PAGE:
Empire of Light (2022)
Director: Sam Mendes
Screenwriter: Sam Mendes
Starring: Olivia Colman, Michael Ward, Colin Firth, Toby Jones, Tom Brooke, Tanya Moodie, Hannah Onslow, Crystal Clarke
Sam Mendes has returned following the critical success of his exceptionally thrilling and award winning World War I movie 1917 to set his lens upon a British drama surrounding staff at a south coast cinema in 1980. It has been promoted as a love letter to the cinema experience, but is a film so oblique that it’s hardly a letter at all and instead a series of barely related log lines that could have been the subjects of six or seven better movies. Whatever you have imagined this film to be, it almost certainly is not.
Part ode to cinema, part coming-of-age tale, part racial tension drama, part dysfunctional romance, part psychological thriller, part abuse story, Empire of Light is made up of disparate threads that contradict one another, that make it impossible to decipher any kind of thematic throughline. In a film of this type, with so many different intentions, it would be natural to assume that the above threads occur across the film’s range of characters and that the relatable element within the narrative is the cinema itself – just as the airport is in Love Actually or the death of a suburban husband is in Mendes’ own American Beauty – but all of the different stories Mendes attempts to tell here are told through just two characters across a relatively short amount of time, and thus each thread’s intention smashes into the next as we are thrown from a film premiere to a mental breakdown and into a racially motivated gang assault before being dragged back to a lesson about the sanctity of film projection with all the grace of King Kong swatting planes away atop the Empire State Building. It’s a real shame, too, because going back to the cinema, seeing the classic way that films used to be projected and how the exhibitors used to make each night feel special, is the only saving grace yet is presented as if an afterthought.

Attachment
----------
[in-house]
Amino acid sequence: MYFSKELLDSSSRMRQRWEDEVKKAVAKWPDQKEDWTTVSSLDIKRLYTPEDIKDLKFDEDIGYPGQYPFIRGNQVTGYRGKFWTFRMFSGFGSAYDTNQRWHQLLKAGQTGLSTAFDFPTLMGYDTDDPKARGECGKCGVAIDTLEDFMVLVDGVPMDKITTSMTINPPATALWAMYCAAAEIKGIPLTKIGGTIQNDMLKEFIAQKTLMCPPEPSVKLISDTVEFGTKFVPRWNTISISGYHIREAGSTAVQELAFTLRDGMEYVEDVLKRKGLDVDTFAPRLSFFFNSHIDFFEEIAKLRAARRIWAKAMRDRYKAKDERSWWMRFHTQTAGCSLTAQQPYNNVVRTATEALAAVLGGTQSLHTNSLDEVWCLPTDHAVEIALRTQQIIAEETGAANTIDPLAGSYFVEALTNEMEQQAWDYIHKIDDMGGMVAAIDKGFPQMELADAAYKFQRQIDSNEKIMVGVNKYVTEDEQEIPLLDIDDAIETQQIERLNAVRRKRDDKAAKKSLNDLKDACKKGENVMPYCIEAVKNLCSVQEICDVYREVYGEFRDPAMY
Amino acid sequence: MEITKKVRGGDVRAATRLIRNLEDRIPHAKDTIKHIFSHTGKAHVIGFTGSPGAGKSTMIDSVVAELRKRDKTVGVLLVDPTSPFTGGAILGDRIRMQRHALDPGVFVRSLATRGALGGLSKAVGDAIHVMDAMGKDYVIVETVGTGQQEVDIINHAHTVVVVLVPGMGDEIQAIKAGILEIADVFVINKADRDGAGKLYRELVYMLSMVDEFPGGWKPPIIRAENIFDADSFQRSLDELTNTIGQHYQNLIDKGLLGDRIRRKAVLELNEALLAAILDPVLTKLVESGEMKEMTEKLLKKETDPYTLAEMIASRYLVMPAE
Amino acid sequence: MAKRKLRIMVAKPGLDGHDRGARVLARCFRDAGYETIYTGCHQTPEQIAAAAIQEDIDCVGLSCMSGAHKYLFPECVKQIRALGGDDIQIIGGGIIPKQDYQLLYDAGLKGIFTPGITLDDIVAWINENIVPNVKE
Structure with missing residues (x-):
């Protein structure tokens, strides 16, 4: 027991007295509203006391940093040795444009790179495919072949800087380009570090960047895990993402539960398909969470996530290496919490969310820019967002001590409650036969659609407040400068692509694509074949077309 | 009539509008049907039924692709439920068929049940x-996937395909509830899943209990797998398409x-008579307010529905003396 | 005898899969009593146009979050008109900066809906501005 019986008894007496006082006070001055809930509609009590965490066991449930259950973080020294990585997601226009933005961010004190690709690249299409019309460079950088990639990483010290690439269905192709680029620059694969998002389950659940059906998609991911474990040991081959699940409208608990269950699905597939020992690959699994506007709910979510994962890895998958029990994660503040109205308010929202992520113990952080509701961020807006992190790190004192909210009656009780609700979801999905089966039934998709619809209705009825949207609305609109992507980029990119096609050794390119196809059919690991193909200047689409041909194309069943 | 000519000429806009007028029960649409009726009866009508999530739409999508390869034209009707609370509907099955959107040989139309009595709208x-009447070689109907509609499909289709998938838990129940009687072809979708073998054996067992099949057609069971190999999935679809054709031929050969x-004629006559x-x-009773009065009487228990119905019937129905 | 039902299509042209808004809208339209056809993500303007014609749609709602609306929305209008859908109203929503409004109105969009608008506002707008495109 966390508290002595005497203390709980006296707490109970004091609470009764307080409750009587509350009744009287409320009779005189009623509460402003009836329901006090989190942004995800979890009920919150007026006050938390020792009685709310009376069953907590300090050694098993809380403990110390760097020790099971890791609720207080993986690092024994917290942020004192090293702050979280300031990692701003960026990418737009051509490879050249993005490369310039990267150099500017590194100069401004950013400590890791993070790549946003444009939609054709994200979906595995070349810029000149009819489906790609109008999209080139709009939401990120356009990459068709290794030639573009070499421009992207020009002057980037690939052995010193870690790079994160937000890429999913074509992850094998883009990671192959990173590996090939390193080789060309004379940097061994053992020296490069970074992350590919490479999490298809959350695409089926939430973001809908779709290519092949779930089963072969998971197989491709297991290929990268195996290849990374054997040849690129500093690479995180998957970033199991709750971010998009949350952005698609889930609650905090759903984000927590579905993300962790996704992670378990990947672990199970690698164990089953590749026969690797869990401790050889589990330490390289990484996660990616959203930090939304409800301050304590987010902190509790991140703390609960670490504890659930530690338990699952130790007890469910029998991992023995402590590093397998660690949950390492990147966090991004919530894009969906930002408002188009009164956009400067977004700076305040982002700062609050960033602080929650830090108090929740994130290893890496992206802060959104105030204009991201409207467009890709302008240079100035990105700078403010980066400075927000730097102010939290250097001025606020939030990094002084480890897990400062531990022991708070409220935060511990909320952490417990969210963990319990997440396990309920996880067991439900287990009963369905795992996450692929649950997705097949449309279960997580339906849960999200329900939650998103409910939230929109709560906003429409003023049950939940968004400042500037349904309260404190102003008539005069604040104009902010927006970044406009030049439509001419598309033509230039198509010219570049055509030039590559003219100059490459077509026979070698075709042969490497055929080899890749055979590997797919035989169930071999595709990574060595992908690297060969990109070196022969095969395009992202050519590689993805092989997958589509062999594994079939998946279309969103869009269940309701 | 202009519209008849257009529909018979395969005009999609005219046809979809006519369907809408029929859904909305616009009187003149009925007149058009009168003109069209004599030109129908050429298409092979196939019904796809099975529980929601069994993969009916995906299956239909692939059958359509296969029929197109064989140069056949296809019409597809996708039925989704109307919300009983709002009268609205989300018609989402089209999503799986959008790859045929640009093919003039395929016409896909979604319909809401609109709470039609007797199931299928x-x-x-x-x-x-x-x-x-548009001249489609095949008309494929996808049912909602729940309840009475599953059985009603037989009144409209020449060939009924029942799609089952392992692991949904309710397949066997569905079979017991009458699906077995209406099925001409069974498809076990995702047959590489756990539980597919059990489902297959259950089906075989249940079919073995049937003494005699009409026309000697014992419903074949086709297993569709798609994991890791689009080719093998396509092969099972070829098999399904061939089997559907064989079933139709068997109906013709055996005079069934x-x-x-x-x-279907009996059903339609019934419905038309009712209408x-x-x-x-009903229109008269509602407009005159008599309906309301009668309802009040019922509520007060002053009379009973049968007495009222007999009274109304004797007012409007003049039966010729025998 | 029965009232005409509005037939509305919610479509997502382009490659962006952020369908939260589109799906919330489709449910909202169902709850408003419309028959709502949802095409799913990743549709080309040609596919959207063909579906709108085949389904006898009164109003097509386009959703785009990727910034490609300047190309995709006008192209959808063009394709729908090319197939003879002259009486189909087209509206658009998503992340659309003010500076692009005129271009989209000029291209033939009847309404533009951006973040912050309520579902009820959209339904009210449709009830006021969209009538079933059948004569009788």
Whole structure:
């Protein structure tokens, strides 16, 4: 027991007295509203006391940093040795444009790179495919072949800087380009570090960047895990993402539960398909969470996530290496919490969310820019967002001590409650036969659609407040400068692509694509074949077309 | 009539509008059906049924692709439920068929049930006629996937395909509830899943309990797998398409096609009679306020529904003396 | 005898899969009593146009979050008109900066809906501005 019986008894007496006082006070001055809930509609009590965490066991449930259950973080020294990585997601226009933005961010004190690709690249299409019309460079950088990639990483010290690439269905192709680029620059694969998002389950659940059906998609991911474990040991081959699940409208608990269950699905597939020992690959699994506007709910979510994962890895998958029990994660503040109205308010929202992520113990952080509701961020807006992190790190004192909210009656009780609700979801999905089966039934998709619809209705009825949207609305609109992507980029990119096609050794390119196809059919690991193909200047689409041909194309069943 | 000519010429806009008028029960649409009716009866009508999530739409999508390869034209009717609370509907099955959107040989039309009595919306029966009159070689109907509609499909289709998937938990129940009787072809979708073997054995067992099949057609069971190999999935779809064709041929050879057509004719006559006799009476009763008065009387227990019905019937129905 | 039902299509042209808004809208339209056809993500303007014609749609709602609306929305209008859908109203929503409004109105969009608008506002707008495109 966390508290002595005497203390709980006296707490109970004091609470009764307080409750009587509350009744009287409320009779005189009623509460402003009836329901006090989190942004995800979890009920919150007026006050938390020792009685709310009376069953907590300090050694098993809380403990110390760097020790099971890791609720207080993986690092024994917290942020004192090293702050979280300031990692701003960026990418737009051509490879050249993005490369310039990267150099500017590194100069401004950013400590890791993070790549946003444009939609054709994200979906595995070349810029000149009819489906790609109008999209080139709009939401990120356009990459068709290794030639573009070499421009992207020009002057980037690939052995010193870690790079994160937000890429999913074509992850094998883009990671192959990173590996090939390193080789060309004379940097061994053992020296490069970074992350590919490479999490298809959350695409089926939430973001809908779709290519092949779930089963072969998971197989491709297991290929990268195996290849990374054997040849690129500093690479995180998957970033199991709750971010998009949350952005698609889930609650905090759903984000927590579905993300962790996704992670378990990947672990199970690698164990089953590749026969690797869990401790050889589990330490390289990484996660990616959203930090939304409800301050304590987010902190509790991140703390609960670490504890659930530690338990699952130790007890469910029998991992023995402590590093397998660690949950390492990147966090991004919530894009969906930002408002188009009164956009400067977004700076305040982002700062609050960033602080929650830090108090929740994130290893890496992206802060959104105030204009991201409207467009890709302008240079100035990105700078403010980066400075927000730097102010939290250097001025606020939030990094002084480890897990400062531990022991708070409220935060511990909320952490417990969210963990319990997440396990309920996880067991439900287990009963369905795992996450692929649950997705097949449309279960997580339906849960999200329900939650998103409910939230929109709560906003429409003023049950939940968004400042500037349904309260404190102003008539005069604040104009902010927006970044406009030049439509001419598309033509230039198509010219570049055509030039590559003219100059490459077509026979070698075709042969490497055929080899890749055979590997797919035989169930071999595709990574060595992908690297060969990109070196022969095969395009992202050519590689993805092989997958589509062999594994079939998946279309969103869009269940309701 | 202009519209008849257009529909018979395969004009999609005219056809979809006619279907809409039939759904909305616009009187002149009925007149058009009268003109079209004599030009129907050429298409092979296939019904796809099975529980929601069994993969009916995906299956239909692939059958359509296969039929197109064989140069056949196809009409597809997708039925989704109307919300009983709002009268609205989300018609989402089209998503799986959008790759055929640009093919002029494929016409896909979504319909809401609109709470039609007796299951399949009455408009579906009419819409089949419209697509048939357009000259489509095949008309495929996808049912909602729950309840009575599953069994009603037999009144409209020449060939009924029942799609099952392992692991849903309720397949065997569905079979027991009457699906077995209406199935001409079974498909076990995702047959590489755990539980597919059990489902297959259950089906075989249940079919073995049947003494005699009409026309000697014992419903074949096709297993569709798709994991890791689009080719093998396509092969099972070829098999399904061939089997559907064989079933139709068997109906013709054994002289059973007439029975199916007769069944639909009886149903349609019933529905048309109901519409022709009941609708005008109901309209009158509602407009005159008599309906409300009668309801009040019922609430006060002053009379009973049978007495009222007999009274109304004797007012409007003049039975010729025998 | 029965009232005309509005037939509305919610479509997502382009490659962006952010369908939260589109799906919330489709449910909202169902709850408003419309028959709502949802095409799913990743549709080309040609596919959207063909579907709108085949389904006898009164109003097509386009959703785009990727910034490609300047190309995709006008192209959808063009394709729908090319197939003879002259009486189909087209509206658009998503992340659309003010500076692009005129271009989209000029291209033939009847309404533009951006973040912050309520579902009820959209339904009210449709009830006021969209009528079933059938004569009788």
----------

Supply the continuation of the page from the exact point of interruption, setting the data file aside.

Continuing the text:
Sam Mendes has not written any of his projects by himself before, Empire of Light being only his second screenwriting credit of his twenty-plus year career (the first being as co-writer on the largely dialogue-less 1917), and to his credit he does land some small and emotionally stirring story beats (each of which occur in the cinema itself), but the issues with this movie are almost exclusively on the page. Beyond the disparate threads of the story there is an almost complete lack of consequences to anything or for anyone – a mental breakdown at work doesn’t cost a job, friendships or seemingly anything else; a near-death experience doesn’t cause life-altering trauma; the unconventional dynamics of the central relationship causes no tension with or for any character – and worse still there is an exploitation of real world issues like National Front racism and workplace sexual abuse that come out of nowhere to offer a small hint at stakes and conflict but then disappear (in terms of impact and meaning) just as fast. It’s a pity because it’s easy to see how a respected filmmaker writing characters with in-the-movie backstories would attract the acting talents of Olivia Colman, Colin Firth and Toby Jones, and there is some very strong work occurring behind the camera from the likes of iconic cinematographer (and regular Mendes collaborator) Roger Deakins, as well as Oscar winning composers Trent Reznor and Atticus Ross. The film is well made, just badly written.